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The Evolution of the Vibrator - A Short History 

Dongs (or Dildos) are non-vibrating and have been around since women have had a sex drive – they are depicted in ancient art, and history shows that they were created and adored by women in many cultures – from Greece to China, India and beyond!

Vibrators on the other hand, are a relatively new addition to the family.  Vibrators can open a whole new world of fun for you and your sex life.

The vibration is created by a motor with an attached spinning weight. As the weight spins, it causes a vibration (speed wobble) due the imbalance. Manufactured since around 1900, battery operated vibrators were only the fifth household appliance to be electrified, ten years before the vacuum cleaner, frying pan and iron. By 1917 there were more vibrators in American homes than toasters. Conservative estimates calculate that vibrators have been responsible for billions of orgasms! Millions of vibrators are sold annually and you’ll find one in almost every household in the western world. Women around the world vote vibrators as the one appliance that they could not do without.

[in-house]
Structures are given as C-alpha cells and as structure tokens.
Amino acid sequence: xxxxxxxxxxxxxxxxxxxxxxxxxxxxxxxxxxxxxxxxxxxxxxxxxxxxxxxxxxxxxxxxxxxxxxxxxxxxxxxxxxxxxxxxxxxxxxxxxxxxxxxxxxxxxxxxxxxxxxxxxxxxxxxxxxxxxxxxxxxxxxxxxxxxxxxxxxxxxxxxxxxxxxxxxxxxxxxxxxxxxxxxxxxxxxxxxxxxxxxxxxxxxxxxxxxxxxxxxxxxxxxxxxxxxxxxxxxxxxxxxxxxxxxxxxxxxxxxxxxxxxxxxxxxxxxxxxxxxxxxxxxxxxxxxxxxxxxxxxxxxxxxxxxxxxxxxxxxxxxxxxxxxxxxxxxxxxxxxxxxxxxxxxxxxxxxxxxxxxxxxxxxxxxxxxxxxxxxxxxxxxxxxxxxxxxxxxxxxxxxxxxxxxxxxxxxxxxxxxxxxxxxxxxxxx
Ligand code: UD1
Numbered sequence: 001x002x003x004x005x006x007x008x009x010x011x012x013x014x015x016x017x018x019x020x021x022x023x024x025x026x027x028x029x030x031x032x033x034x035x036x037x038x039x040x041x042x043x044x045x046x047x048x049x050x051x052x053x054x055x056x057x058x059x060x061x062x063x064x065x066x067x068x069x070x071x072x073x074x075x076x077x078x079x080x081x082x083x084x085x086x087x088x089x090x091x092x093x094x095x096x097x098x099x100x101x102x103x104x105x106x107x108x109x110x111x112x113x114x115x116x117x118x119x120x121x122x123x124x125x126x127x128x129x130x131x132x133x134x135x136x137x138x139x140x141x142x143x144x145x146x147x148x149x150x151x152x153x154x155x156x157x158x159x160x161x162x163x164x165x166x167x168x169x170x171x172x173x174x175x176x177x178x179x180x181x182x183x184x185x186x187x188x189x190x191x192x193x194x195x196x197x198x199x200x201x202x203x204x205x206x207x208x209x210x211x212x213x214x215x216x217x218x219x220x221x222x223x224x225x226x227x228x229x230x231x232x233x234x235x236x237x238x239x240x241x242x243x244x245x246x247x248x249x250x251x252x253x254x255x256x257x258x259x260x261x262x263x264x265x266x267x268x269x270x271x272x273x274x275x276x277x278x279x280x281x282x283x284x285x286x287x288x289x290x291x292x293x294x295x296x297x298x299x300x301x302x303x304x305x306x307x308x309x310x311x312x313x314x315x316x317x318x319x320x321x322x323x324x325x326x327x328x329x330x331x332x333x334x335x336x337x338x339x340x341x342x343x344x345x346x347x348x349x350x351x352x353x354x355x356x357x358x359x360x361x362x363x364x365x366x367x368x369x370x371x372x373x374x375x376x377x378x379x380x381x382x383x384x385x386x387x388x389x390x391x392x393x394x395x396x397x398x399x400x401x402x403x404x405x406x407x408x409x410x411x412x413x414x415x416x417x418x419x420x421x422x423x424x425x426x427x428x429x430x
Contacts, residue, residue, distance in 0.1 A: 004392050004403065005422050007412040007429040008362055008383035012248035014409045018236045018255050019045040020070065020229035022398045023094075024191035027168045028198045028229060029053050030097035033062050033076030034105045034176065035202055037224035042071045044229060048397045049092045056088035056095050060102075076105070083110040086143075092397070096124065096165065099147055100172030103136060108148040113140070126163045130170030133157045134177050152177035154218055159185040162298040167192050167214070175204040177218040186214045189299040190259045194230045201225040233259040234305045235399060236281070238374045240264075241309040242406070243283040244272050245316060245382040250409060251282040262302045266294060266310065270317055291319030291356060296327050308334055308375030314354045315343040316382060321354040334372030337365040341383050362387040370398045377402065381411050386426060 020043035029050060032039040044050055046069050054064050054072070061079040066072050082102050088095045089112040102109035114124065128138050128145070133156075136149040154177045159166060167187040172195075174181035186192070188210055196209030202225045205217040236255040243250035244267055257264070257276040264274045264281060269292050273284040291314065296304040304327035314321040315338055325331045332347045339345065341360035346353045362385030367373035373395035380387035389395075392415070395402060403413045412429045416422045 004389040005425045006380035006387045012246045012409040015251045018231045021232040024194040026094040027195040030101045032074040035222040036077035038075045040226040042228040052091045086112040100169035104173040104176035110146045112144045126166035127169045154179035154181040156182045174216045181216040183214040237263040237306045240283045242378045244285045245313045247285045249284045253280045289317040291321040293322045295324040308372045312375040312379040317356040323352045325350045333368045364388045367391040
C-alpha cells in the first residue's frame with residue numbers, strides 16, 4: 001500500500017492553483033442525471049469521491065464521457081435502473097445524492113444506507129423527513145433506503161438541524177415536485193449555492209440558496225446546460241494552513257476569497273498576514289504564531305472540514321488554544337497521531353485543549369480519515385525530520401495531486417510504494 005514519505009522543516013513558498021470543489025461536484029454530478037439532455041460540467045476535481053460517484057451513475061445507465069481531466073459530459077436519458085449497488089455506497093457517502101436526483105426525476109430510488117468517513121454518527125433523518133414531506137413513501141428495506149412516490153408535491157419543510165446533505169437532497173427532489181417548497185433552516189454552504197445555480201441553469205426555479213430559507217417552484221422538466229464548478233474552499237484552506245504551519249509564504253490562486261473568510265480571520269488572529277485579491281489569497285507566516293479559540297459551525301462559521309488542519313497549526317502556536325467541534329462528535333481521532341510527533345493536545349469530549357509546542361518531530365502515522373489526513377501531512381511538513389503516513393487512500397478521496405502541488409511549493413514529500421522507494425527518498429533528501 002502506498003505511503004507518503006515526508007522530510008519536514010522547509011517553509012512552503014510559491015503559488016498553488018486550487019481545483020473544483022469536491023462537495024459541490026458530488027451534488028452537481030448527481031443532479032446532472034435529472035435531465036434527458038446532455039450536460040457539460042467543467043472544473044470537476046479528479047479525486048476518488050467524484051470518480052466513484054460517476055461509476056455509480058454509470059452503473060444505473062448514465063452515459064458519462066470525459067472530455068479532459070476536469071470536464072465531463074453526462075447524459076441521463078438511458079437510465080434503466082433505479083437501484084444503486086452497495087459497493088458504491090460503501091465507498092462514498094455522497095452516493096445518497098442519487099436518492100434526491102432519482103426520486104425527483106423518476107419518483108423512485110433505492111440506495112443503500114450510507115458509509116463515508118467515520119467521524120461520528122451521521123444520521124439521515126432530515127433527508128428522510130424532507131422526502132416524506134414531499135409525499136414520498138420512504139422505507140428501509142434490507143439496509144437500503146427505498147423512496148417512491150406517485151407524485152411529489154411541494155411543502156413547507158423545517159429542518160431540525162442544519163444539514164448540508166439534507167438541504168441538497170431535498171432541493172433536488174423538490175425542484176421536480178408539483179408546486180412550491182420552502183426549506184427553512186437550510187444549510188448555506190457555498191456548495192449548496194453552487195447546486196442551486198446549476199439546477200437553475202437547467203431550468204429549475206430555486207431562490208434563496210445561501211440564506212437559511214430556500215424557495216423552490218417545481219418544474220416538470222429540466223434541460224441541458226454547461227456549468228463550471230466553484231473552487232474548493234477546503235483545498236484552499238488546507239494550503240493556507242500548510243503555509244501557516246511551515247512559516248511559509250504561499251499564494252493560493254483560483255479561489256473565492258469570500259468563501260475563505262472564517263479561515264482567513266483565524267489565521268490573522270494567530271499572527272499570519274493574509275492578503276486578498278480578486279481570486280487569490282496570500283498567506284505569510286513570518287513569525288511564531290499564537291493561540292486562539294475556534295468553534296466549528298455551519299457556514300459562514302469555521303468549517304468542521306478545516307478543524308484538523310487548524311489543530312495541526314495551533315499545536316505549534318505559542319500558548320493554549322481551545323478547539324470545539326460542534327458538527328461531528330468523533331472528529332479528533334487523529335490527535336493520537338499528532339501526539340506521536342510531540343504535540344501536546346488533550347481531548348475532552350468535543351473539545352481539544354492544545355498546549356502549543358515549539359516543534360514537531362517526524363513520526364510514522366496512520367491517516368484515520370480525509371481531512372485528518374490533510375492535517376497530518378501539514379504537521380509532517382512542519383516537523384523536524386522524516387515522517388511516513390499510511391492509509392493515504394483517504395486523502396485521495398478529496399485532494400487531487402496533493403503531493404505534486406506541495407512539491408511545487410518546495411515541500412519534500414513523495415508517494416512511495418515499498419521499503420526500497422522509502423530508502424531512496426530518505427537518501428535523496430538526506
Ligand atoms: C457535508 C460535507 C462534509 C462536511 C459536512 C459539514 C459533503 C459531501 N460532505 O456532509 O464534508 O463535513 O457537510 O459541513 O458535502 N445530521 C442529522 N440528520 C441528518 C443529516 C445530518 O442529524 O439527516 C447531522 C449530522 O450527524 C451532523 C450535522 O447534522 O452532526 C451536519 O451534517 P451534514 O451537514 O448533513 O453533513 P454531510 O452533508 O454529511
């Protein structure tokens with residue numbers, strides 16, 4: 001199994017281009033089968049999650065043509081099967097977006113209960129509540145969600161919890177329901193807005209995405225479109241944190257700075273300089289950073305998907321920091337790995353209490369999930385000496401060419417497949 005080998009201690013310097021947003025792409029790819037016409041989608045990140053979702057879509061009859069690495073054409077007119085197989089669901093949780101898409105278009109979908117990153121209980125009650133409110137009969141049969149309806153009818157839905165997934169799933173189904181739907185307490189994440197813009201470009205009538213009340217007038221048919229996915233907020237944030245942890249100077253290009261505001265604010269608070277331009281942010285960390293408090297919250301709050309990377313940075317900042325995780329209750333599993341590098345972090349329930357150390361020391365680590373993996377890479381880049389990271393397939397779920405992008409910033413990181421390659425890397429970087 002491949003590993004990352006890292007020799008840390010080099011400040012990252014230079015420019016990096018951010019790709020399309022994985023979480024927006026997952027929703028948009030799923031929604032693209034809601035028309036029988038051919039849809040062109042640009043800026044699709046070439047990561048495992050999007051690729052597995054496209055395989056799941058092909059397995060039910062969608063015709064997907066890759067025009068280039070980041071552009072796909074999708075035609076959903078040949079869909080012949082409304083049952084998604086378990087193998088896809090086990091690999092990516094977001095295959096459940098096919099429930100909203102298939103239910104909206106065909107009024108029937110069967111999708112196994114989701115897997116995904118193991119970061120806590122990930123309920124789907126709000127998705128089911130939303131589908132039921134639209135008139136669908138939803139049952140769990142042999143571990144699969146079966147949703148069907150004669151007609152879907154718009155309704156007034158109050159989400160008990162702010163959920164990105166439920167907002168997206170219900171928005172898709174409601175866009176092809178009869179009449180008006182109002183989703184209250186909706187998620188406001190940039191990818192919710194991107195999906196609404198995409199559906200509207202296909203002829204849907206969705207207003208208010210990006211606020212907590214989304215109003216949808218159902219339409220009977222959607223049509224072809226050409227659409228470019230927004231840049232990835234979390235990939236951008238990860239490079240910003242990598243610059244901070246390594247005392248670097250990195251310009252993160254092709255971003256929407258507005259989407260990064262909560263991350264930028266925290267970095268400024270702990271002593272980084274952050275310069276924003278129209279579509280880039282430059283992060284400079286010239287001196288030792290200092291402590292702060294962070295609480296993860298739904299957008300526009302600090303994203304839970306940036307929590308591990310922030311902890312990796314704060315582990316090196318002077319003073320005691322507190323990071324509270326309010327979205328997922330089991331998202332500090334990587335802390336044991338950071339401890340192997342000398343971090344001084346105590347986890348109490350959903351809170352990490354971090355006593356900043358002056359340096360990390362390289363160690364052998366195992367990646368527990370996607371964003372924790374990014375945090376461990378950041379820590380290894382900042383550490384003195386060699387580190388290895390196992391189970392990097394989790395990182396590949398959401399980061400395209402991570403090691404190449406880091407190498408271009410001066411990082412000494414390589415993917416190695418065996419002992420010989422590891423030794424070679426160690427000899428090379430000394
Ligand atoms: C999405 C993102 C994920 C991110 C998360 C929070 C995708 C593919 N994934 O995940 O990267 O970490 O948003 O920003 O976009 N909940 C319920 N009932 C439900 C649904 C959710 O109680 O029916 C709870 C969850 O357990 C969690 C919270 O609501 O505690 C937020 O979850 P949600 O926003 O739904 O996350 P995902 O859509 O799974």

As the popularity of vibrators increased exponentially in the 20th century following the emergence of feminism in the 1960’s designers and manufacturers began to look at ways to improve the original simple hard plastic bullet shaped vibrator. Vibrators evolved both in material and functionality. In the 1980’s vibrators were revolutionised with the introduction of a vibrator which had a rotating shaft and a clitoral stimulator, simultaneously achieving both vaginal and clitoral stimulation. The ‘Karma’ was one of the very first such vibrators. 

More vibrators along this line were produced including the ‘Pearl Bird’ which saw the introduction of pearls into the shaft to enhance vaginal sensation and pleasure. It has been suggested that this was based upon the practice of beading or pearling by the Yakuza (Japanese Mafia) while in jail. Beading involved implanting pearls under the skin of the shaft of the penis providing stimulation both for wearer and their partner.

Original ‘Pearl Birds’ featured the ‘head’ of the shaft in the shape of woman’s head with skull cap looking suspiciously like a penis. The woman was in fact a ‘Pearl Diver’ as the original Pearl Birds were manufactured in Japan and cultural taboos prevented manufacturing in the shape of a penis. There are no such taboos in China, so today many of the Pearl Vibrators are penis shaped. The clitoral stimulator attached to such vibrators is usually in the shape of an animal. The original ‘Karma’ had a beaver attached, but many other animals including dolphins, rabbits, butterflies and various birds are now used.